The pledge of the UK academics doubtless brought enthusiastic applause across Edinburgh campuses, not least among local supporters of the Scottish Palestine Solidarity Campaign (SPSC). However, let us get this all into perspective. Based on the number of academics and universities reported on, a mere 6-7 academics in each of the 72 universities appear to have actually signed the public pledge, according to the report. Since there are something like 109 university institutions across the UK, with 90-odd in England alone, and since the returns of the Higher Education Statistics Agency tell us that there were 194,245 UK academic staff in 2013-2014, the level of response must surely be read as a dismal failure of the much-lauded ‘latest salvo in the broader Boycott, Disinvestment and Sanctions (BDS) campaign’.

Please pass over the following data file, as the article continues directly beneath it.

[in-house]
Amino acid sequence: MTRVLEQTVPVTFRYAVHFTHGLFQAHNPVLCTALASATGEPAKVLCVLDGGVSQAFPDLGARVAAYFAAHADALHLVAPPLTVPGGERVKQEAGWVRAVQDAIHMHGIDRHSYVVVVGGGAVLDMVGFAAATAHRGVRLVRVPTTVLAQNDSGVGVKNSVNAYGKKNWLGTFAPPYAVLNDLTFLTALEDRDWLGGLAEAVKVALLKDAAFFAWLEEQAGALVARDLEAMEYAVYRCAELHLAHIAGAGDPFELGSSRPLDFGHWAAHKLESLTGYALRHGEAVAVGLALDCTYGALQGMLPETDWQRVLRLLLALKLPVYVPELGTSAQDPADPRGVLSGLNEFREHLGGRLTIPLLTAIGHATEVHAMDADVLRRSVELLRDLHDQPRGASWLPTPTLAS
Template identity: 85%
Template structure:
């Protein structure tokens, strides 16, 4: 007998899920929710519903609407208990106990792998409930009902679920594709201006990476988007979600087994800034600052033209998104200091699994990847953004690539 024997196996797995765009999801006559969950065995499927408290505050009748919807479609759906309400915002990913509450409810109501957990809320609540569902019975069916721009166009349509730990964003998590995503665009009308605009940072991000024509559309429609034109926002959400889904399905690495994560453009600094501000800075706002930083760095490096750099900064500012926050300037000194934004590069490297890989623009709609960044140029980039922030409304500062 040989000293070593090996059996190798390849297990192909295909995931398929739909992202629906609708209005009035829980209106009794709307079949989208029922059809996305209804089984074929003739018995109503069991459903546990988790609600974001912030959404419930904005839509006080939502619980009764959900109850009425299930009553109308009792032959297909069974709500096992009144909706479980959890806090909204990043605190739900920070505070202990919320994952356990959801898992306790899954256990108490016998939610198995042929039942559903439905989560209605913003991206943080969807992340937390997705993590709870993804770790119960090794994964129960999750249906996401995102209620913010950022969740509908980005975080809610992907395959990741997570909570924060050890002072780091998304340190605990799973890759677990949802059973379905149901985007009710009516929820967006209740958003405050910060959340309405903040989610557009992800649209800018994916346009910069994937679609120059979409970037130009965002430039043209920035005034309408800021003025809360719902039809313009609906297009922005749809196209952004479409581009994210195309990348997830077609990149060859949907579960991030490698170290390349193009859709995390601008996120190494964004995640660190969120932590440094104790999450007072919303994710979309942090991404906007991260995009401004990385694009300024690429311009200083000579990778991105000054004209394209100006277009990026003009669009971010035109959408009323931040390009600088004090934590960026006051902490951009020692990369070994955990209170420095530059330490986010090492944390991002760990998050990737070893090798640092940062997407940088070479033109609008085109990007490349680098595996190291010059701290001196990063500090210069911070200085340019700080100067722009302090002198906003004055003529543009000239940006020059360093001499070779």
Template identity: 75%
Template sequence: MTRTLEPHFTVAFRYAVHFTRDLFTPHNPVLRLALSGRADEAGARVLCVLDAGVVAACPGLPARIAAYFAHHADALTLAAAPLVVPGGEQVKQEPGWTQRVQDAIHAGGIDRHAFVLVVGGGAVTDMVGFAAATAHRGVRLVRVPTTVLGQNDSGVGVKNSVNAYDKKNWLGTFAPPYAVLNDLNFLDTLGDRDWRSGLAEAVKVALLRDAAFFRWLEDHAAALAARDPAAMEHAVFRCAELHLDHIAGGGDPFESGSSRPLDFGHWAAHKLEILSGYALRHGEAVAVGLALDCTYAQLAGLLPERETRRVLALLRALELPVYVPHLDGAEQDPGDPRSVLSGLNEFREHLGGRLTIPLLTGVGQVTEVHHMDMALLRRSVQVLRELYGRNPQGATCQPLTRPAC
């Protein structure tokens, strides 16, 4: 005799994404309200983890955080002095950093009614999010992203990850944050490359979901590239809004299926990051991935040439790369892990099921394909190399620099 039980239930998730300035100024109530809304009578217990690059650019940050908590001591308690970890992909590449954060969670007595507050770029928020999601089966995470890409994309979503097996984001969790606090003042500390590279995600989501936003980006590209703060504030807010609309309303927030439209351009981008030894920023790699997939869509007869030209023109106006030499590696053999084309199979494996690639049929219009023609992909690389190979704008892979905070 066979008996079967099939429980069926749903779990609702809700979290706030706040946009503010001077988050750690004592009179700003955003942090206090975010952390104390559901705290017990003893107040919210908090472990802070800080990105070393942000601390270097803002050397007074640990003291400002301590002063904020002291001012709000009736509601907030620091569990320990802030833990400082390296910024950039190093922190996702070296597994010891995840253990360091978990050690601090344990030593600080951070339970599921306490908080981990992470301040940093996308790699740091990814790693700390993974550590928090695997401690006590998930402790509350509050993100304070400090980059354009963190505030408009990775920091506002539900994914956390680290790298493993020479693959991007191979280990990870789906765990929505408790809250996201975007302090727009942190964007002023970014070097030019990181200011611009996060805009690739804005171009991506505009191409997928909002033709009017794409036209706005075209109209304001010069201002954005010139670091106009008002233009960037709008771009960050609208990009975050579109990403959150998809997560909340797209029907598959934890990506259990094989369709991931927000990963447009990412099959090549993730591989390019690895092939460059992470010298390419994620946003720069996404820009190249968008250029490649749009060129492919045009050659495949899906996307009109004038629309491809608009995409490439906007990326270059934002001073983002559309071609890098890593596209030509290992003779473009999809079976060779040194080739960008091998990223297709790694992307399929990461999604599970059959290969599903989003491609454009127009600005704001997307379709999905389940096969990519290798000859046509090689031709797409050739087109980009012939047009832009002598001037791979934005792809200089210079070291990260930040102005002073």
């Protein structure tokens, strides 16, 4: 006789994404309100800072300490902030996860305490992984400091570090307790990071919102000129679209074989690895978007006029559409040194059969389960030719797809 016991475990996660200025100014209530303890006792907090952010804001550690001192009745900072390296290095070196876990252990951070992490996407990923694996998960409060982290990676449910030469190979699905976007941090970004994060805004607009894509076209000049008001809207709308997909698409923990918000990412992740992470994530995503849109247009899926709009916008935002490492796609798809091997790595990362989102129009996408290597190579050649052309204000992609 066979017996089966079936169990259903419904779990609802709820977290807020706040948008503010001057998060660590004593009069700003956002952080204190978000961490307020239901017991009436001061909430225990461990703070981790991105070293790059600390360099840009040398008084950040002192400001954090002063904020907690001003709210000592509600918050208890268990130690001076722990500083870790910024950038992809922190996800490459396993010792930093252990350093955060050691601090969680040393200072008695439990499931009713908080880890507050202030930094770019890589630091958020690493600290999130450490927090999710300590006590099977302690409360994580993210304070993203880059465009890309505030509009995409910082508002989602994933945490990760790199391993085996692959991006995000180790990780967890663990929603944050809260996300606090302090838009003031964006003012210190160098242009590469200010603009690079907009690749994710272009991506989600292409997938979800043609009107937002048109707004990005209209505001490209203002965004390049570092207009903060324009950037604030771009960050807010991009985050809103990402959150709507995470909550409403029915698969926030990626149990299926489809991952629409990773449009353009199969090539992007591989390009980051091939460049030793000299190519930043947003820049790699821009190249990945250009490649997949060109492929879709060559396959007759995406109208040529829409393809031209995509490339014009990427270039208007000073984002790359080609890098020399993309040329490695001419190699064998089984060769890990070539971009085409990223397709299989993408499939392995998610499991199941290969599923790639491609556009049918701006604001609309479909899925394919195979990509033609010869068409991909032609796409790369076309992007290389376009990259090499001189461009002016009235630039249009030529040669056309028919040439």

It is always possible that the intentions of those 400 out of 190,000 or so academics are positive ones and completely devoid of bigotry, and simply the expression of a desire to ‘help’ Palestinians against particular Israeli policy, perceived policy, or set of Israeli behaviours. However, when there are no comparable boycott campaigns to exclude any other states based on this or that – when Israel is regarded almost as ‘the’ singular evil – then alarm bells ought to start ringing.